The Spy Who Would Come In From The Cold

May 22, 1998 - Noach Dear (NYC Councilman) The Jewish Press, New York

It's official. Jonathan Pollard was never part of a "rogue operation". Yet for more than a decade Pollard has been the agent no country would claim, even as he served an unusually severe life sentence for passing classified information to an ally.

All that changed last week when Israel recognized him as an agent. Israel has even said it would welcome him if he were released and chose to live there. However, it will take renewed efforts by the American Jewish community to see that Pollard gets a chance to regain his freedom.

Israeli Finance Minister Ya'acov Ne'eman said recognizing Pollard was a "humanitarian act and it is within Judaism to be humane." It is also within the American legal system to be humane. Yet there was clearly a lack of humanity and justice in the sentence for Pollard, who has already served more than three times the average maximum sentence for his crime.

Many of the facts in the Pollard Case are clear. He committed a crime, confessed and was sentenced, and has since shown remorse for his actions. Specifically Pollard gave Israel classified information concerning the weapons systems of various Arab States, including information that Israel arguably should have had access to under an agreement between allies to share data.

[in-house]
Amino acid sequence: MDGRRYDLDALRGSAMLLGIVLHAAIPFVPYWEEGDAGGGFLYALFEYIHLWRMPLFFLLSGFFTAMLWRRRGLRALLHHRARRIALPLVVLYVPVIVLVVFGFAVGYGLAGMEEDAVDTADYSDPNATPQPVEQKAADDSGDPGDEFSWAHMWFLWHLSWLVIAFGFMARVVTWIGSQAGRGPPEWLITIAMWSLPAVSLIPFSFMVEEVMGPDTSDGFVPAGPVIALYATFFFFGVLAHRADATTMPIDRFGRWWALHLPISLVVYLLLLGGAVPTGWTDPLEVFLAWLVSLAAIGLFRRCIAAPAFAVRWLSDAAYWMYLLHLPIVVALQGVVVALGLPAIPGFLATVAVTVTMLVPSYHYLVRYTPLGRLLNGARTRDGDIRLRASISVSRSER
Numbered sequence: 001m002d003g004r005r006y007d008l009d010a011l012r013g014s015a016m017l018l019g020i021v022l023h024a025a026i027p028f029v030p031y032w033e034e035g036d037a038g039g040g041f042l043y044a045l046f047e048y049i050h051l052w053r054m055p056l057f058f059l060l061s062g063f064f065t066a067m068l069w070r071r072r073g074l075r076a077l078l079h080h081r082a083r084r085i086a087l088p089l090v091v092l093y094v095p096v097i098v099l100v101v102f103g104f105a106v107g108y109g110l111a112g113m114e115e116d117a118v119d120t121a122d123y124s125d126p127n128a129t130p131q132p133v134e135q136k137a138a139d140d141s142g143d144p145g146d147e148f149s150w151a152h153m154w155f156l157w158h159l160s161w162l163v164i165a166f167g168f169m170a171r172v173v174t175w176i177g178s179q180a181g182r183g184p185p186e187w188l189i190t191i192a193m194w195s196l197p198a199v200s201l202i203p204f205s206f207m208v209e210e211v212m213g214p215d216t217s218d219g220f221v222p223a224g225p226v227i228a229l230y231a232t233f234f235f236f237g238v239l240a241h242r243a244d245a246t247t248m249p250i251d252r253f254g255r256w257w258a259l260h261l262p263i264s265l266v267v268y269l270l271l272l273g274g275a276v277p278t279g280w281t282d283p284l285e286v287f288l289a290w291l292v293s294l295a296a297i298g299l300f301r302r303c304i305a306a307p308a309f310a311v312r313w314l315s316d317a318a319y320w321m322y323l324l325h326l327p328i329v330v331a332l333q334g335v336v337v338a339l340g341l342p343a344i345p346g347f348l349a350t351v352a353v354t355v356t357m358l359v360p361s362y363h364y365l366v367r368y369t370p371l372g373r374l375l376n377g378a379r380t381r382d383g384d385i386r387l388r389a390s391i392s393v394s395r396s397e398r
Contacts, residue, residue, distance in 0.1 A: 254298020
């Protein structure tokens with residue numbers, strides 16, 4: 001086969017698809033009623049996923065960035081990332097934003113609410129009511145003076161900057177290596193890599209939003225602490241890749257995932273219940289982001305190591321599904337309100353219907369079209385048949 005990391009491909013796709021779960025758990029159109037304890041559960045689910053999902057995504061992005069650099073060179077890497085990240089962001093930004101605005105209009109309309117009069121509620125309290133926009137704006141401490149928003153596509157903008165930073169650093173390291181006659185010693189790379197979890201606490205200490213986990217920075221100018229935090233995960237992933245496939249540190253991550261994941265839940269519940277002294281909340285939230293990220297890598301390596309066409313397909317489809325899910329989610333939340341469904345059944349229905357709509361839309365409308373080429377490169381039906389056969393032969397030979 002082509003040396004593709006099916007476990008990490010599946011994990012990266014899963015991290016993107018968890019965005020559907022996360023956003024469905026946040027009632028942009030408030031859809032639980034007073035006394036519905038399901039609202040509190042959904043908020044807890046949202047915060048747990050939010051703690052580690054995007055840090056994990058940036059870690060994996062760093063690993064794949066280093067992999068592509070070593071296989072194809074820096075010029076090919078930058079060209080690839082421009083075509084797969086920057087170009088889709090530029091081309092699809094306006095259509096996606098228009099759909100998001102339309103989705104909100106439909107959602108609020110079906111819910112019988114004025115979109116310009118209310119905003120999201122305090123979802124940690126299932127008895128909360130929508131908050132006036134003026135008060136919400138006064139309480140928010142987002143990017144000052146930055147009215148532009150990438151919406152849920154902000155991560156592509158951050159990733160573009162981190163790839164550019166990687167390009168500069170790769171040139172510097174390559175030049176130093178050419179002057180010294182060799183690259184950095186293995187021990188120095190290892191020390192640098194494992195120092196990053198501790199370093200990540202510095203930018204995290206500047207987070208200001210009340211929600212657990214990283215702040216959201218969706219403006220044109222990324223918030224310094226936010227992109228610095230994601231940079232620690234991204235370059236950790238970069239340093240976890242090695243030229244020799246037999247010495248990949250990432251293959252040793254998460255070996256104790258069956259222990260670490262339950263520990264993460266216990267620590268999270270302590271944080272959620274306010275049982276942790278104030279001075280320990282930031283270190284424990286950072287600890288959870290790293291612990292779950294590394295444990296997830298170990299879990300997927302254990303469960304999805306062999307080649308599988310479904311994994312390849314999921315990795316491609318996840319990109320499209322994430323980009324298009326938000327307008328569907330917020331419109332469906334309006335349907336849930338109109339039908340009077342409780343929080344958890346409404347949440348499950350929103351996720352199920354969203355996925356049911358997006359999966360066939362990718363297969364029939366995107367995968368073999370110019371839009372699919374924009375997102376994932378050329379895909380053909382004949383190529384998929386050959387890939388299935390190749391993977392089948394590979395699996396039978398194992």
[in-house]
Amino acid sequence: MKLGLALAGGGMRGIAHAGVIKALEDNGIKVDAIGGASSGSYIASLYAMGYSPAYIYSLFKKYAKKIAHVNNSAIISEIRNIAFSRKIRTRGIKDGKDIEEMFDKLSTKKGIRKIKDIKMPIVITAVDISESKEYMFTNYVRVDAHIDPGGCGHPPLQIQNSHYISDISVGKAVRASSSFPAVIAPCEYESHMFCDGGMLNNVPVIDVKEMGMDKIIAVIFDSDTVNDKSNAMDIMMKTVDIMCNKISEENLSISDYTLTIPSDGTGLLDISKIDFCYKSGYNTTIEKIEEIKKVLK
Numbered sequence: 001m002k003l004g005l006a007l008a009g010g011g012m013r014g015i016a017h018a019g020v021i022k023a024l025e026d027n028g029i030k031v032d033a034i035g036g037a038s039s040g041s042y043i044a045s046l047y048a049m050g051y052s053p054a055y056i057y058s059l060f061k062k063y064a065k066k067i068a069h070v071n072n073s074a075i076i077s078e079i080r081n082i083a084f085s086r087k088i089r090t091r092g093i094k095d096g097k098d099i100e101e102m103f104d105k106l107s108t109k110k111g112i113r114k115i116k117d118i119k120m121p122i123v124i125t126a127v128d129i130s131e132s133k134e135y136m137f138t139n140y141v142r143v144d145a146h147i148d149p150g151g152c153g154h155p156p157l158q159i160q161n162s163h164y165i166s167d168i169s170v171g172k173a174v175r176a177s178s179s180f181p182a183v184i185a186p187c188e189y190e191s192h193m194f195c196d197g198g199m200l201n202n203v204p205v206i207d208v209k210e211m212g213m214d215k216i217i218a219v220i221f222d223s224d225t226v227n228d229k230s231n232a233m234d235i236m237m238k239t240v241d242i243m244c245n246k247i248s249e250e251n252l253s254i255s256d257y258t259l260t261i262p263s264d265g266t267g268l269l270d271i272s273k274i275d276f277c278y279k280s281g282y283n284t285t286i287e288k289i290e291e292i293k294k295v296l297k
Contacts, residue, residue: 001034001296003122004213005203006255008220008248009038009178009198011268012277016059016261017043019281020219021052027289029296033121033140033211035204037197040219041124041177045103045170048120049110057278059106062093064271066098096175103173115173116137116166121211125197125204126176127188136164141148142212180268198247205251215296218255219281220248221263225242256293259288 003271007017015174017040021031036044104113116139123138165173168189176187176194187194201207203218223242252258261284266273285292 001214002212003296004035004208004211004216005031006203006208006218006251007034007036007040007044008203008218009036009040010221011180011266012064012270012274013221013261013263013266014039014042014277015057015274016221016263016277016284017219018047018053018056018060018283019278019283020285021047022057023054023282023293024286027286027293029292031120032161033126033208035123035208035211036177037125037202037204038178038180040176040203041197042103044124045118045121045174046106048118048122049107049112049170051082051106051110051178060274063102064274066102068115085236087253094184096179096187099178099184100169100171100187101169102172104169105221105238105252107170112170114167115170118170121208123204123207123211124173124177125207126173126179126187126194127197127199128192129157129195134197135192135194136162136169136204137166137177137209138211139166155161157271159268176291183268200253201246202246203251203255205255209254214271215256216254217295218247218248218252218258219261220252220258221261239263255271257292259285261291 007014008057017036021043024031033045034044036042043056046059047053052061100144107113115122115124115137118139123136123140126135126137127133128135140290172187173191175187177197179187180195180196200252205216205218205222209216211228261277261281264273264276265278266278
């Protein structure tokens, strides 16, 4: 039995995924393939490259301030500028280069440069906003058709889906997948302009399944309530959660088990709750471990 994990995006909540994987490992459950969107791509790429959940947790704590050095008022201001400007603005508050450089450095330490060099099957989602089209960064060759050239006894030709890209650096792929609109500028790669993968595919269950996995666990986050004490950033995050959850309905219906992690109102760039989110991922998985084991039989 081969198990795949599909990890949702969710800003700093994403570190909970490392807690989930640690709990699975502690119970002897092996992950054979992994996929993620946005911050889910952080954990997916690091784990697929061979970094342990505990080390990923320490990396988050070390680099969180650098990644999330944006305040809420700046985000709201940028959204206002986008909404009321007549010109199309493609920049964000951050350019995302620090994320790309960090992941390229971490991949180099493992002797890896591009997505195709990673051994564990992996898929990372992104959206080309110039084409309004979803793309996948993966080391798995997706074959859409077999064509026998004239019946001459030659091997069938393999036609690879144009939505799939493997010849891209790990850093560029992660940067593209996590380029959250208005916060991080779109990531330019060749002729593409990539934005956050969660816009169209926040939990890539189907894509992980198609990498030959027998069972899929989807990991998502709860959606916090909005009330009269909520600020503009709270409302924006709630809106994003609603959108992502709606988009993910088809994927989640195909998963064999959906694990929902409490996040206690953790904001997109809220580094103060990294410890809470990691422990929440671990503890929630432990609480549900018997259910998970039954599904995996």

Far less clear are the details of Pollard's case and the government's role in it. For instance there is the question of his plea agreement. Prosecutors had promised Pollard leniency if he agreed to forego a jury trial and enter a guilty plea. The plea agreement was subsequently violated due in part to a highly unusual and possibly improper ex-parte memorandum from former Defense Secretary Caspar Weinberger.

Among other things, Weinberger's statement labeled Pollard a traitor and blamed him for the deaths of U.S. agents in the former Soviet Union. The memorandum weighed heavily in the sentencing phase, although it was later revealed that former CIA operative and spy Aldrich Ames was responsible for those deaths. Moreover, Ames passed secrets to the enemy whereas Pollard gave information to an ally.

The announcement last week removes and important obstacle to seeing that justice is served. As long as Israel wasn't inclined to take action on Pollard's behalf, neither was the U.S. Israel's recognition of Pollard could help soften the American position that he should spend the rest of his life in prison without hope of a Presidential pardon for a crime that usually carries a maximum sentence of five years.

Israeli Finance Minister Ya'acov Ne'eman has said that American and Israeli Jewry have not worked hard enough to secure Pollard's release. Last week Israel took an important step toward correcting that failure. The time has come to renew American efforts on Pollard's behalf. It is time for Jonathan Pollard to come in from the cold